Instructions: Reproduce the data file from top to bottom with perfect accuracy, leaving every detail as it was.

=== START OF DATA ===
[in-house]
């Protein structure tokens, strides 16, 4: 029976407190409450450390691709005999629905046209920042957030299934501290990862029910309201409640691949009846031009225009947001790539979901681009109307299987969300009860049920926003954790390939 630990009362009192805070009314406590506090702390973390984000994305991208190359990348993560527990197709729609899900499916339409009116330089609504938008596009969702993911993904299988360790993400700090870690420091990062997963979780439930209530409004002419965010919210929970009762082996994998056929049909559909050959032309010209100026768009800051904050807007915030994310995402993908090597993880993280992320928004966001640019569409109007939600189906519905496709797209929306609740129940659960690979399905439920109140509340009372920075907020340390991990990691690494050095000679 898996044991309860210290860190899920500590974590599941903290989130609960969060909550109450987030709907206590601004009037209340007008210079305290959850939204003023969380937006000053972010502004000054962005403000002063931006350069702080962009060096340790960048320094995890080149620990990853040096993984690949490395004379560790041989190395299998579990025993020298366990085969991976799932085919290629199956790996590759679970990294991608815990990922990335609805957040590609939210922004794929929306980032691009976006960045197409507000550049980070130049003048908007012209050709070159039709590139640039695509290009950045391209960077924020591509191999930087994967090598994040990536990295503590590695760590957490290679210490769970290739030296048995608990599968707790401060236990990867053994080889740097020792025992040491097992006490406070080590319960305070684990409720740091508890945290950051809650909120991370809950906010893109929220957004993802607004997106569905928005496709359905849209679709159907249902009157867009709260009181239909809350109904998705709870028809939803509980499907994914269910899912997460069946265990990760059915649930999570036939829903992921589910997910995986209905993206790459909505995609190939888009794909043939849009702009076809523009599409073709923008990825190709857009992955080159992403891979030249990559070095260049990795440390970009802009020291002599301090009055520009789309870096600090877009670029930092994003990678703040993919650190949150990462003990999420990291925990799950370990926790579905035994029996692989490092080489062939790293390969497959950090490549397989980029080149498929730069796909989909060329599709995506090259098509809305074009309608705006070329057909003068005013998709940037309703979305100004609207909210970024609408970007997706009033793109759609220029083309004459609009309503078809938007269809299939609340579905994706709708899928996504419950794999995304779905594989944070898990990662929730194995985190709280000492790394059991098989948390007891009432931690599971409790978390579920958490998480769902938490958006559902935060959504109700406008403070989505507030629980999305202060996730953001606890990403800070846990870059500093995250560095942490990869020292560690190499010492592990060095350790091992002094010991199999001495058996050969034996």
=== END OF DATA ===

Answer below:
[in-house]
């Protein structure tokens, strides 16, 4: 029976407190409450450390691709005999629905046209920042957030299934501290990862029910309201409640691949009846031009225009947001790539979901681009109307299987969300009860049920926003954790390939 630990009362009192805070009314406590506090702390973390984000994305991208190359990348993560527990197709729609899900499916339409009116330089609504938008596009969702993911993904299988360790993400700090870690420091990062997963979780439930209530409004002419965010919210929970009762082996994998056929049909559909050959032309010209100026768009800051904050807007915030994310995402993908090597993880993280992320928004966001640019569409109007939600189906519905496709797209929306609740129940659960690979399905439920109140509340009372920075907020340390991990990691690494050095000679 898996044991309860210290860190899920500590974590599941903290989130609960969060909550109450987030709907206590601004009037209340007008210079305290959850939204003023969380937006000053972010502004000054962005403000002063931006350069702080962009060096340790960048320094995890080149620990990853040096993984690949490395004379560790041989190395299998579990025993020298366990085969991976799932085919290629199956790996590759679970990294991608815990990922990335609805957040590609939210922004794929929306980032691009976006960045197409507000550049980070130049003048908007012209050709070159039709590139640039695509290009950045391209960077924020591509191999930087994967090598994040990536990295503590590695760590957490290679210490769970290739030296048995608990599968707790401060236990990867053994080889740097020792025992040491097992006490406070080590319960305070684990409720740091508890945290950051809650909120991370809950906010893109929220957004993802607004997106569905928005496709359905849209679709159907249902009157867009709260009181239909809350109904998705709870028809939803509980499907994914269910899912997460069946265990990760059915649930999570036939829903992921589910997910995986209905993206790459909505995609190939888009794909043939849009702009076809523009599409073709923008990825190709857009992955080159992403891979030249990559070095260049990795440390970009802009020291002599301090009055520009789309870096600090877009670029930092994003990678703040993919650190949150990462003990999420990291925990799950370990926790579905035994029996692989490092080489062939790293390969497959950090490549397989980029080149498929730069796909989909060329599709995506090259098509809305074009309608705006070329057909003068005013998709940037309703979305100004609207909210970024609408970007997706009033793109759609220029083309004459609009309503078809938007269809299939609340579905994706709708899928996504419950794999995304779905594989944070898990990662929730194995985190709280000492790394059991098989948390007891009432931690599971409790978390579920958490998480769902938490958006559902935060959504109700406008403070989505507030629980999305202060996730953001606890990403800070846990870059500093995250560095942490990869020292560690190499010492592990060095350790091992002094010991199999001495058996050969034996």